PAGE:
Data Used in Research

Lots of reading of ethnographic reports written in the late 1800’s and early 1900’s.
6,000 years of territorial boundaries around Clear Lake.
Learning from the discards of
past peoples.

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The culture represented by the Pomo at Contact should be seen as the end result of several thousand years of cultural change and adaptation by the Pomo people.

Historical and ethnographic information was taken from ten accounts and one paper published by a practicing Native American basket maker. The majority of the accounts were written just after the turn of the century and based on information from Native American people who were alive in the 1800’s. The views of about 30 Lake County Pomo representing at least five village communities were contained in the ethnographic accounts.

Europeans arrived in the Clear Lake Basin relatively late in the colonial history of North America. Although the first contact between Europeans and Northern California Native peoples probably occurred as early as 1579 (Sir Francis Drake’s expedition), there are no published accounts of European contact with the Clear Lake Basin until 1832-33 when a party of American trappers working for the Hudson’s Bay Company passed through the area (McLendon and Lowy 1978:318). This lack of European contact is amazing considering Spanish missions were established around San Francisco Bay and up to the Sonoma Valley in the late 1700’s and early 1800’s. Contact with the Spanish finally occurred in 1841 when Salvador Vallejo sent men into the area to round up Indians to work on his Sonoma Valley Ranch.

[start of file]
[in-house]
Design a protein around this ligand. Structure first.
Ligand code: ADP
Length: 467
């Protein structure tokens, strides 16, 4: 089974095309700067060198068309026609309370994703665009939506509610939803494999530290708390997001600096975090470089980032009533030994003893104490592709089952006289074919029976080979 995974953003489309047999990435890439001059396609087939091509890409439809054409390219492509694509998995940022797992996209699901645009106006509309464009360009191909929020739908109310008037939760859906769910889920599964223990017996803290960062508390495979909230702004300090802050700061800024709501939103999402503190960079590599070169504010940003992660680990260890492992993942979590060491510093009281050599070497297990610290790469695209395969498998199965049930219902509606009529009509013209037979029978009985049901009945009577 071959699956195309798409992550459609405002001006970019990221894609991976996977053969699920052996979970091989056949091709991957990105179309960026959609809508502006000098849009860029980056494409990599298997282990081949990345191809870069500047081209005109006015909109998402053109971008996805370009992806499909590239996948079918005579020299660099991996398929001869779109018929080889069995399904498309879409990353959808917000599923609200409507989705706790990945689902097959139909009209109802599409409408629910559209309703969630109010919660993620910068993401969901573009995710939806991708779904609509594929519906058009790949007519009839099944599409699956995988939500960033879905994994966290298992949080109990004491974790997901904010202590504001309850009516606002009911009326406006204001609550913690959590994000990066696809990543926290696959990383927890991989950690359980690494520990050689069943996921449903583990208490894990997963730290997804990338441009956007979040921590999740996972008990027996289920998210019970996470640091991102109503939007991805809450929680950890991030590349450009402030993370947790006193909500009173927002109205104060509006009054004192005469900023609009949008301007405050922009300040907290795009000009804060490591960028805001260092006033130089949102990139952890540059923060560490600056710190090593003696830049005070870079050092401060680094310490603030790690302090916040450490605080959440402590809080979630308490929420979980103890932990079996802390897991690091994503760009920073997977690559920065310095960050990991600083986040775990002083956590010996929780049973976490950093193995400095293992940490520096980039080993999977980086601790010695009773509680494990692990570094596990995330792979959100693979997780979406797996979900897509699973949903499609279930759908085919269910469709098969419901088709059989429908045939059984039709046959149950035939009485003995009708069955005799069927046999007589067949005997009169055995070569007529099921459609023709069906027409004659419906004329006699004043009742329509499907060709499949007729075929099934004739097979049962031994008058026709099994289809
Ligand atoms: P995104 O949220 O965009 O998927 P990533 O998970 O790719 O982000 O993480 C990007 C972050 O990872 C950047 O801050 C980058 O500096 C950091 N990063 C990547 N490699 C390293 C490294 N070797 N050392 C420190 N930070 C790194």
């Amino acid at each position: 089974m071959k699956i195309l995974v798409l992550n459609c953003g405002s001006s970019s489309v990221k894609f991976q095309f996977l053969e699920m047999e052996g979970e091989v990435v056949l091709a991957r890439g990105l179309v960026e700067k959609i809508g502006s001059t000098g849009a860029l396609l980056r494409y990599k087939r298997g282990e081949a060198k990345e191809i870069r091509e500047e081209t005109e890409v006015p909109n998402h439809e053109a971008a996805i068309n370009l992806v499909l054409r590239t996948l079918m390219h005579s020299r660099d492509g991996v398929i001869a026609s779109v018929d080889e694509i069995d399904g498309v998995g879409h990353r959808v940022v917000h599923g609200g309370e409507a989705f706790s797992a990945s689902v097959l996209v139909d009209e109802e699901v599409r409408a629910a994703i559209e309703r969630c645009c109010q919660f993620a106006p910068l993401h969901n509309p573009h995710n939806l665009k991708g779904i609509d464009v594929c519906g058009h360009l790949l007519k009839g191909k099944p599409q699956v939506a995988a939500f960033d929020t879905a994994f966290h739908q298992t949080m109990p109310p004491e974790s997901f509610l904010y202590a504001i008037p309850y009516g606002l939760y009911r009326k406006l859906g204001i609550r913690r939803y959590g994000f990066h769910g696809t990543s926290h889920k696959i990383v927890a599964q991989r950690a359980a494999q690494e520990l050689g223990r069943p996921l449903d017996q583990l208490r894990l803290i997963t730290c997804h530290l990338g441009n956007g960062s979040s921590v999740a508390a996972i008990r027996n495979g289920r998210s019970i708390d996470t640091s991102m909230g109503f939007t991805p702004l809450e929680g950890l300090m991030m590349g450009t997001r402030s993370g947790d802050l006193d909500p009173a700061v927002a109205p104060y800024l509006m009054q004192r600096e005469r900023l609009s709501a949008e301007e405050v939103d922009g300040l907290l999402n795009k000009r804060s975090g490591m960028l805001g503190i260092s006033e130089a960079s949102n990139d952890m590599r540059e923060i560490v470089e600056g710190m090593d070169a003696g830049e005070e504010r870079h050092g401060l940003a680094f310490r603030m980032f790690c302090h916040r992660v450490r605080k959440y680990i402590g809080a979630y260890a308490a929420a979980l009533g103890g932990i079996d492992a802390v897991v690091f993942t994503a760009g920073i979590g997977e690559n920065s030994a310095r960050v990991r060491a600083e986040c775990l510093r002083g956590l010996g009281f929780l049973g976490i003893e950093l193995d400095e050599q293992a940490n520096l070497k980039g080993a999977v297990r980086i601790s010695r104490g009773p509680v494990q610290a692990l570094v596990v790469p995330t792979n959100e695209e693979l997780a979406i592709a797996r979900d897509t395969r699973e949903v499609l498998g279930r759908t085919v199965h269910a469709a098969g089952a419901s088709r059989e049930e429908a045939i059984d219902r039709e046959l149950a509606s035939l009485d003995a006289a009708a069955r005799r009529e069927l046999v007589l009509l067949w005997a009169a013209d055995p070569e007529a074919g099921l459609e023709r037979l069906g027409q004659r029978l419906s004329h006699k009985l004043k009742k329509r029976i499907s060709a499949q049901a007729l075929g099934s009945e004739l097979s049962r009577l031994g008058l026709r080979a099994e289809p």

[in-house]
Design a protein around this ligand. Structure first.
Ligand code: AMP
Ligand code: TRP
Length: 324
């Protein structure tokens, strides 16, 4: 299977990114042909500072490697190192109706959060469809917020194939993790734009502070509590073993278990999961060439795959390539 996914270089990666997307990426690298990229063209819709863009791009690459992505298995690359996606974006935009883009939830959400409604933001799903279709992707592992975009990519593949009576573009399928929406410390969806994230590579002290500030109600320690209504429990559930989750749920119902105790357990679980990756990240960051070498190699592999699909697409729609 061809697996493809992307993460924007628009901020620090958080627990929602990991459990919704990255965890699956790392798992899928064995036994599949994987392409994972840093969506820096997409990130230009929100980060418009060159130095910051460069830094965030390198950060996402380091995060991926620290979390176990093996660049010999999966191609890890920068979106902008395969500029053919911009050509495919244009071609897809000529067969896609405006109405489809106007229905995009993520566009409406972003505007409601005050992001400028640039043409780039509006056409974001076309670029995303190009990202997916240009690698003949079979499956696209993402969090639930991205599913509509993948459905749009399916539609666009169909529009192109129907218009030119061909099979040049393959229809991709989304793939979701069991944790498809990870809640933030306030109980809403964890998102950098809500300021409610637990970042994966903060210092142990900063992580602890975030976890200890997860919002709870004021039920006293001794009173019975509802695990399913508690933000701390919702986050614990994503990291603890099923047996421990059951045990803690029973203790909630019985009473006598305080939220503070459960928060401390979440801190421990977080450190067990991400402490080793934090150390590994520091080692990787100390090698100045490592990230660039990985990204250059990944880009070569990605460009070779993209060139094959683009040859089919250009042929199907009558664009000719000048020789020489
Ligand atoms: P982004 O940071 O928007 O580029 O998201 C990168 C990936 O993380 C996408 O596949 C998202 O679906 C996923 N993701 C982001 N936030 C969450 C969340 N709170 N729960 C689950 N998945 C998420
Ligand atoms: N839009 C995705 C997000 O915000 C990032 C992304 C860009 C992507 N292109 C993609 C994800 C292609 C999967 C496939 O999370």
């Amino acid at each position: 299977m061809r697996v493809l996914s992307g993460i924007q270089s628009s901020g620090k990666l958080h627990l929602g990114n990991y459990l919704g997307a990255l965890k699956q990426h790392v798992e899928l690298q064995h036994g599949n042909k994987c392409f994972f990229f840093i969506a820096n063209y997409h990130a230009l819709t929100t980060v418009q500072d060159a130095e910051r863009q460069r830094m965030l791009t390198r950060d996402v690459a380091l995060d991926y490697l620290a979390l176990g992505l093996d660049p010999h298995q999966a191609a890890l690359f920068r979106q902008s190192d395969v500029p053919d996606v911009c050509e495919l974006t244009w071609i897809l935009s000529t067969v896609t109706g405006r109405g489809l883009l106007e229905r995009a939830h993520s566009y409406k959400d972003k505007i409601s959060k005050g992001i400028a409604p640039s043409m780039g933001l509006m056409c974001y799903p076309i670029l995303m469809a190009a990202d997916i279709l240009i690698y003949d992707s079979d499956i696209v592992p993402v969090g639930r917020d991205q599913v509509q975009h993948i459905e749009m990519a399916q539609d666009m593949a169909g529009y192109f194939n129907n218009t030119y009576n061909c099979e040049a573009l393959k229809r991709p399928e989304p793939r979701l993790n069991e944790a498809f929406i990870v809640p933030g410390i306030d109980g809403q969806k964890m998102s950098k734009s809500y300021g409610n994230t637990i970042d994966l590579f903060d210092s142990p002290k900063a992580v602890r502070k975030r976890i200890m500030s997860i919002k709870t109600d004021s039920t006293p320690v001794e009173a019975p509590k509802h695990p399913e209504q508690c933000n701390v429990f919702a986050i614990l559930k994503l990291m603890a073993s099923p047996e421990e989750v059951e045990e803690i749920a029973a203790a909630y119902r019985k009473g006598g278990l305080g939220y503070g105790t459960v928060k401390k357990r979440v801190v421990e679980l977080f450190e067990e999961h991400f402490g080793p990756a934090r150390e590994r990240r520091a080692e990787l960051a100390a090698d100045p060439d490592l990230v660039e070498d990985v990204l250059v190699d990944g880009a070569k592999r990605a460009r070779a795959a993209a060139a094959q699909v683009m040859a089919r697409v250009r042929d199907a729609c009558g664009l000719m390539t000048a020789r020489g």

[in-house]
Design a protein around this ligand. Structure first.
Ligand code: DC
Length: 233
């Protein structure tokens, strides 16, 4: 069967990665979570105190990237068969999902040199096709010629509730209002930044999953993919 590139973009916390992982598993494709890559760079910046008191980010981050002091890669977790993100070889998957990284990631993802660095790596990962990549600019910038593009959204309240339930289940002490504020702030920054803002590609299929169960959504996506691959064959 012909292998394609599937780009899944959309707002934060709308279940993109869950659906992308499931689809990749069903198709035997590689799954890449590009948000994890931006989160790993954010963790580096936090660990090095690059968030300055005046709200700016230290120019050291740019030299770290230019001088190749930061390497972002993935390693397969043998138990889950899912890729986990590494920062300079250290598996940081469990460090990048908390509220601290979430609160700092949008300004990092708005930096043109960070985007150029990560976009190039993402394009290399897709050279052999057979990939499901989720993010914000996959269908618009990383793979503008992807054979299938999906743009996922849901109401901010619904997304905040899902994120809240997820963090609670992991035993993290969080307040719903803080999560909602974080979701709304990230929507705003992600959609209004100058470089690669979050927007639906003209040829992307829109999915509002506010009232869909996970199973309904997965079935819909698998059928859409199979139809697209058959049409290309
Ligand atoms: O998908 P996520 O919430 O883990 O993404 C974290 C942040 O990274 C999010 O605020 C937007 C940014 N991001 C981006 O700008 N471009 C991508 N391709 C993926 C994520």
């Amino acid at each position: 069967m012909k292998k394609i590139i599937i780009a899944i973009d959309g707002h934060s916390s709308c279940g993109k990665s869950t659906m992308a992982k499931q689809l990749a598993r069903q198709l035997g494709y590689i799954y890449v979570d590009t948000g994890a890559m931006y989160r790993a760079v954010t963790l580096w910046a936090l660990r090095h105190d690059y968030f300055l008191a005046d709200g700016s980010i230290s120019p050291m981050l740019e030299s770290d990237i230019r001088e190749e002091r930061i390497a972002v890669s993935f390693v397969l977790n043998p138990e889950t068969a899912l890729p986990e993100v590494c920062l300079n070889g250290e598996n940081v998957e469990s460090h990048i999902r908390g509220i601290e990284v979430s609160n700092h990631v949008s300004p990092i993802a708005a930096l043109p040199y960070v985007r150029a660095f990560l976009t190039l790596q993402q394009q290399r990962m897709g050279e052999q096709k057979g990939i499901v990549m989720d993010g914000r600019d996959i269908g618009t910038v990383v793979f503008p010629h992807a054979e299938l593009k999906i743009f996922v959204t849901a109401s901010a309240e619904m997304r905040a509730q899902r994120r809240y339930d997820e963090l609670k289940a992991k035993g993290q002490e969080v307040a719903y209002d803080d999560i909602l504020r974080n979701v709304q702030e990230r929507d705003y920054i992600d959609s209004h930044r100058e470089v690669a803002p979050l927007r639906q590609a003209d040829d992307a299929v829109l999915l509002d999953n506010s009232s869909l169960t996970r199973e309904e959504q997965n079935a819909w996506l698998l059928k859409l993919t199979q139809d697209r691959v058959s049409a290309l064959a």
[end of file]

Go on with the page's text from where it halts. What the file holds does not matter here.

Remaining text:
The remote nature of the Clear Lake Basin, served to buffer the native people from many of the disrupting activities that were taking place elsewhere in California. Most written accounts indicate that traditional life in the Clear Lake Basin continued until the 1870’s.

Most of the information presented here is based on field work which took place around the turn of the century. In 1900, a Native person 70 years old would still have childhood memories of the traditional culture prior to disruptive European contact and would have adult memories of seasonal resource gathering and settlement patterns.

To ensure accuracy, only the results of original field work written by the field researchers were used, not second-hand accounts of research results.

The Ethnographic Information

The first type of information collected related to various species of plants and their uses. This was frustrating, as most ethnographers were untrained in plant identification and unfamiliar with local common names. In only three cases (Barrett 1908; Allen 1972; and Purdy 1900) were scientific identifications used regularly in
the literature. When a scientific plant name was not listed by the ethnographer, two books were used to fill in the gaps: A California Flora (Munz 1970) or Wild Edible Plants of Western North America (Kirk 1975). Ten writers provided at least some data on plants and their uses.

The second type of information collected was information about seasonal plant gathering practices. Eight of the writers had at least some mention of seasonal collecting practices used by the Clear Lake Pomo.